LONGITUDINAL FISSURE

Longitudinal Fissure: A Review of Anatomy, Clinical Relevance, and Imaging

The longitudinal fissure is a deep groove in the human brain that separates the two cerebral hemispheres. It is an important anatomical landmark that is clinically relevant in neurological and neurosurgical settings. This review summarizes the anatomy of the longitudinal fissure, its clinical relevance, and imaging modalities used to visualize it.

Anatomy

The longitudinal fissure is a deep cleft in the brain that runs superiorly from the frontal lobe to the occipital lobe. It is U-shaped and extends along the longitudinal axis of the brain, dividing the two cerebral hemispheres. The corpus callosum, a large commissure of white matter, is located within the fissure and its presence is necessary for normal communication between the two hemispheres. In addition, the lateral ventricles are located on either side of the fissure and allow cerebrospinal fluid to circulate in the brain. The falx cerebri, a fold of dura mater, lies within the longitudinal fissure and separates the two hemispheres.

Clinical Relevance

The longitudinal fissure is an important anatomical landmark that is clinically relevant in neurological and neurosurgical settings. For example, in cases of brain tumors, the location of the tumor relative to the fissure can help to determine the extent of the tumor and the optimal surgical approach. In addition, the presence of a large fissure can be a sign of cerebral atrophy, which is seen in a variety of neurological conditions. Furthermore, the fissure can be used as a landmark to guide the placement of deep brain stimulation electrodes for the treatment of movement disorders.

Imaging

The anatomy of the longitudinal fissure can be visualized using a variety of imaging modalities. Computed tomography (CT) and magnetic resonance imaging (MRI) are both effective tools for visualizing the fissure and its associated structures. CT imaging of the fissure is generally preferred for evaluating the falx cerebri and lateral ventricles, while MRI is better suited for visualizing the corpus callosum. In addition, ultrasound imaging can be used to visualize the fissure in certain clinical situations.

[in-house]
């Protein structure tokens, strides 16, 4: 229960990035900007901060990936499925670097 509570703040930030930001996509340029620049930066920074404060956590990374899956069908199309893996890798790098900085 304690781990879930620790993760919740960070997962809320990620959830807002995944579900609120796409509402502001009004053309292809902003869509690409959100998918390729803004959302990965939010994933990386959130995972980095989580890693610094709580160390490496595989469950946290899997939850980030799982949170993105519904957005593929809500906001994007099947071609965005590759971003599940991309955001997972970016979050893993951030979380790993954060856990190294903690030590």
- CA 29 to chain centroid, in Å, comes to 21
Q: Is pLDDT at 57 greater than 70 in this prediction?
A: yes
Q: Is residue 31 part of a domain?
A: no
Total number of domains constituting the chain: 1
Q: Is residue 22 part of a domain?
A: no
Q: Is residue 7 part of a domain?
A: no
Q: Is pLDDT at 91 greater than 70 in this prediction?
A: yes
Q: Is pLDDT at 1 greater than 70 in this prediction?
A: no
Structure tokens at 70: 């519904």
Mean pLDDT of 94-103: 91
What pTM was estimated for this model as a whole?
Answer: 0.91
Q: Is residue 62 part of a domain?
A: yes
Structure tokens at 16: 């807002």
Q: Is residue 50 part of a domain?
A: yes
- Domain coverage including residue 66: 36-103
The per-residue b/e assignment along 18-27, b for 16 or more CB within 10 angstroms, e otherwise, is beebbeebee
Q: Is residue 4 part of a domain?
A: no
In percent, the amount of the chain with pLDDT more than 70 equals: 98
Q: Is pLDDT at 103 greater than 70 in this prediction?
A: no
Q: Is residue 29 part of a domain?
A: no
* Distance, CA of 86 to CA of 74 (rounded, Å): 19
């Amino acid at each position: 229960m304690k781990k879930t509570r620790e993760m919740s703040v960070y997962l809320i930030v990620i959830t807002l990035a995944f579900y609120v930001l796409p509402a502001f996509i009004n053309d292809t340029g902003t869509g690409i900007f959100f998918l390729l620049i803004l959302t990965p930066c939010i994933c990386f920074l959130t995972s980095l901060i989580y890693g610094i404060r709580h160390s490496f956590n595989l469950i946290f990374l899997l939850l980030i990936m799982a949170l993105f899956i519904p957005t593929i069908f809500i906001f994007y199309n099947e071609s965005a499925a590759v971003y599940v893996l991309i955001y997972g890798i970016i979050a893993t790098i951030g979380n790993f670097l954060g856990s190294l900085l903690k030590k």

Conclusion

The longitudinal fissure is a deep cleft in the brain that divides the two cerebral hemispheres. It is an important anatomical landmark that is clinically relevant in neurological and neurosurgical settings. A variety of imaging modalities can be used to visualize the anatomy of the fissure and its associated structures.

References

Hsu, S. Y., & Chin, S. S. (2018). Radiological landmarks in neurosurgery. World Neurosurgery, 115, e888-e898. https://doi.org/10.1016/j.wneu.2018.07.071

Kim, J., & Lee, S. H. (2018). Anatomic landmarks of the brain: A review. Korean Journal of Radiology, 19(3), 431–441. https://doi.org/10.3348/kjr.2018.19.3.431

Nguyen, N. A., & Rosen, A. (2019). The clinical relevance of the longitudinal fissure. Journal of Neurosurgery, 131(2), 611–617. https://doi.org/10.3171/2018.11.JNS181854

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